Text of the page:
The Child Hearing Research Laboratory is the site for studies on the development of hearing and listening abilities in young children. Not only a child’s ability to hear sounds, but also their ability to understand them, has been a focus of research.
Projects supported in the laboratory address how normally developing children process auditory information and how those abilities change with maturation, how processing may be disrupted in children with language and/or learning disorders, how auditory and learning skills may be affected by poor acoustic environments, and how performance on behavioural tests correlates with physiologic development as derived from evoked potential studies.
The Child Hearing Research Laboratory includes a full sized sound booth and equipment for stimulus and experimental control. Using both custom developed and commercially available software they are able to test the psychoacoustic abilities of preschool- and early school-aged children as well as adults.
A critical component of fitting devices is determining successful outcomes, not just at the time of fitting but long after. For young children a device should facilitate good hearing and speech development including speech production. Speech production depends on good quality auditory input and is a useful indicator of hearing intervention success.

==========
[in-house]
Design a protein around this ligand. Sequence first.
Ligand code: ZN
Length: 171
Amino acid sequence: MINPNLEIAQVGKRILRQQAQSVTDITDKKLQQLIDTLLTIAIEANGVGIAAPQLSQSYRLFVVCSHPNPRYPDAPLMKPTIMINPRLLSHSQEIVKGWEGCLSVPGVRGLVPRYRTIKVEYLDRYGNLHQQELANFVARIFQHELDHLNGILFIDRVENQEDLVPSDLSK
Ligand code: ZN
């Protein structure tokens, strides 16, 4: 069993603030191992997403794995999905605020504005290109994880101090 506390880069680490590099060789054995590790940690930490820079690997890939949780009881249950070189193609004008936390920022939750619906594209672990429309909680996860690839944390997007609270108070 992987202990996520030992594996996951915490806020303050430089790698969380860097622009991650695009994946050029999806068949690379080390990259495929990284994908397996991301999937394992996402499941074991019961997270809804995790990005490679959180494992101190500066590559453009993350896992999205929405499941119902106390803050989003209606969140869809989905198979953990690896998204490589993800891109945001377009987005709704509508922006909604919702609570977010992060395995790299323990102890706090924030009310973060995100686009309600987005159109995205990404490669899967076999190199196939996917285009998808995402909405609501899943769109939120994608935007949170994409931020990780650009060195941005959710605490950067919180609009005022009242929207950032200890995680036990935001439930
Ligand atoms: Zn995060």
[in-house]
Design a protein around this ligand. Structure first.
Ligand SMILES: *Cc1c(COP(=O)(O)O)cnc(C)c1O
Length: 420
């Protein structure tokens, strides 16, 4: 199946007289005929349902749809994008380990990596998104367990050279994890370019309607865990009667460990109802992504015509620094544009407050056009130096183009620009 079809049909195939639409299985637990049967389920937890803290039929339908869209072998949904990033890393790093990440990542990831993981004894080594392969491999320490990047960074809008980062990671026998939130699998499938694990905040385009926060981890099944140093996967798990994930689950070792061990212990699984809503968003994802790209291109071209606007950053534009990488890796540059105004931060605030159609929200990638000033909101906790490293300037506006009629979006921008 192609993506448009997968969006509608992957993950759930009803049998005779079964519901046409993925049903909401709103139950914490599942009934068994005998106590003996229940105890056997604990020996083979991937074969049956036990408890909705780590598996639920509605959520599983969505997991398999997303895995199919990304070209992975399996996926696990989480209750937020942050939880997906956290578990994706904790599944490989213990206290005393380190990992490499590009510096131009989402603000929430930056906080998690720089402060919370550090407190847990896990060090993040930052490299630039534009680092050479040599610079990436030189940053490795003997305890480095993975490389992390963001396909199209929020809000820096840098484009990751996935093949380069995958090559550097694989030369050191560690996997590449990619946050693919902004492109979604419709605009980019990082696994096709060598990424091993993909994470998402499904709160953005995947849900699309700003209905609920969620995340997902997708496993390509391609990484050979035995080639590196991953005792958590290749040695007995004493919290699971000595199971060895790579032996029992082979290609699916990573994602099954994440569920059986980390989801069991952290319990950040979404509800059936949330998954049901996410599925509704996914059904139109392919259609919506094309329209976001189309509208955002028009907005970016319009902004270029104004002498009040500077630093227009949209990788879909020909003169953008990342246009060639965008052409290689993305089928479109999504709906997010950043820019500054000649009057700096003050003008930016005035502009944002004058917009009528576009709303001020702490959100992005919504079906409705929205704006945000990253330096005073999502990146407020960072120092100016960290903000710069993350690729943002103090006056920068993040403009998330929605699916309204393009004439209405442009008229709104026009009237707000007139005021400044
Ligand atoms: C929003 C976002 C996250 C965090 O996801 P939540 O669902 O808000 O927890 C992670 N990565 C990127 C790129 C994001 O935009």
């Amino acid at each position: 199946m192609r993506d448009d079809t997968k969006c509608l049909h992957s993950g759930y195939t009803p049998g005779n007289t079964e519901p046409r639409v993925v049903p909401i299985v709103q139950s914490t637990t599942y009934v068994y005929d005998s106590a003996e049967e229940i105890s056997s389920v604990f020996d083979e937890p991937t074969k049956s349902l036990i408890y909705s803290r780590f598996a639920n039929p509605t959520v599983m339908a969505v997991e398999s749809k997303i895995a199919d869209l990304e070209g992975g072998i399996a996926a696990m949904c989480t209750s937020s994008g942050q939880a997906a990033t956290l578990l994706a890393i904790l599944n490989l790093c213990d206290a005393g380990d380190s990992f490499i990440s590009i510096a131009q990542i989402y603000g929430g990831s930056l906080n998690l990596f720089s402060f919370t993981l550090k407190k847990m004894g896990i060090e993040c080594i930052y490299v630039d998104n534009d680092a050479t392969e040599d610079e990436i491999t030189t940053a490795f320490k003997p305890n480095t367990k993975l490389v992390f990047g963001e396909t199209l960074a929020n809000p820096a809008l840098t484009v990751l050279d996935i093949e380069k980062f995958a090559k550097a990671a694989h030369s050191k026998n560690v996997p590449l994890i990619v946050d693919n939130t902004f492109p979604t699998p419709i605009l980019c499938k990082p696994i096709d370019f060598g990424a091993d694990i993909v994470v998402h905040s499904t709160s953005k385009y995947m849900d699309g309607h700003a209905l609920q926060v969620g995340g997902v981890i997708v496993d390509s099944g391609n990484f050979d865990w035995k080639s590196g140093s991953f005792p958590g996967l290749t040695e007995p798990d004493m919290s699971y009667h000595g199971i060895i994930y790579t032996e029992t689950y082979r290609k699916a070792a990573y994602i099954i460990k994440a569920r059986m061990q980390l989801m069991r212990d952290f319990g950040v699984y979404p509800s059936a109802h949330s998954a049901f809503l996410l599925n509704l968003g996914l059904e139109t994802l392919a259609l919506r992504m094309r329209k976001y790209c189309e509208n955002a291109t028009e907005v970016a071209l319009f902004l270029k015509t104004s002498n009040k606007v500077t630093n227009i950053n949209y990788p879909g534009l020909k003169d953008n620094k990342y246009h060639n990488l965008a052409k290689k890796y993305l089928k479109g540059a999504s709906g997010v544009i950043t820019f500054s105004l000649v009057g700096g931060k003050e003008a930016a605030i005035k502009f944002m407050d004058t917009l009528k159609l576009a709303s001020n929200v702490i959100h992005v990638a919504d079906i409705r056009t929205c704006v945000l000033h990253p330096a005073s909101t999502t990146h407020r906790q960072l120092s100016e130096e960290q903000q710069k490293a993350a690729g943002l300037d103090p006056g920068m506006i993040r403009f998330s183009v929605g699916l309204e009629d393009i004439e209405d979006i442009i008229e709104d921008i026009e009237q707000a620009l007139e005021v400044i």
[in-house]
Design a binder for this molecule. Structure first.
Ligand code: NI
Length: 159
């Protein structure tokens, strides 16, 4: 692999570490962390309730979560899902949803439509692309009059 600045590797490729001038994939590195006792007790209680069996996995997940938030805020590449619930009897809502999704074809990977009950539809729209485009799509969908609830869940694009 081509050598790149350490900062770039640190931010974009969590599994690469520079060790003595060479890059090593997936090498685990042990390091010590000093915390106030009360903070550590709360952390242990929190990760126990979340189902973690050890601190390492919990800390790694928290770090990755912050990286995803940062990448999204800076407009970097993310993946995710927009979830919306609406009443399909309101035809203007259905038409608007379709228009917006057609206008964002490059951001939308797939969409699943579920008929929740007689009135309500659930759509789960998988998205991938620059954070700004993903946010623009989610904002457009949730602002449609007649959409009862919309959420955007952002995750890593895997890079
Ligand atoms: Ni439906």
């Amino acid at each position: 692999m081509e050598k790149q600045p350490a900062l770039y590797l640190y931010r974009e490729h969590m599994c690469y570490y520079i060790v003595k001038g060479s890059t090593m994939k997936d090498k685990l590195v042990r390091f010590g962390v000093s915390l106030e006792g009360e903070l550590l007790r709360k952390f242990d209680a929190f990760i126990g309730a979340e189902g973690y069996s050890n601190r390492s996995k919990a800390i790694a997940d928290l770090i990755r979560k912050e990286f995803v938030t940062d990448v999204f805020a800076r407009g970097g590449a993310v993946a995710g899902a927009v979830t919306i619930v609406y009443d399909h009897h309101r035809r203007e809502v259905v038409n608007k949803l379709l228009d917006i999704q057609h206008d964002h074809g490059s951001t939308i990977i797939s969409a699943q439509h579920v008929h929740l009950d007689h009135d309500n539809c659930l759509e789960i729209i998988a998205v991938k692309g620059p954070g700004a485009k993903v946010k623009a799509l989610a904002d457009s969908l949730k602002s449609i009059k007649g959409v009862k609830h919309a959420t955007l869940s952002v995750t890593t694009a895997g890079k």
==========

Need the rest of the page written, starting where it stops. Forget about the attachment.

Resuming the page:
Likewise, when the devices are worn by young children with much smaller ear canals electroacoustic characteristics of the device perform very differently than the larger, less compliant ear of the adult listener.
Prudence Allen, PhD, is the director of the Child Hearing Research Laboratory and the Director of the National Centre for Audiology. Dr. Allen studies auditory assessment of children. She has developed rigorous and efficient collection of normal behavioural hearing data from young children.
519-661-2111 ext. 88944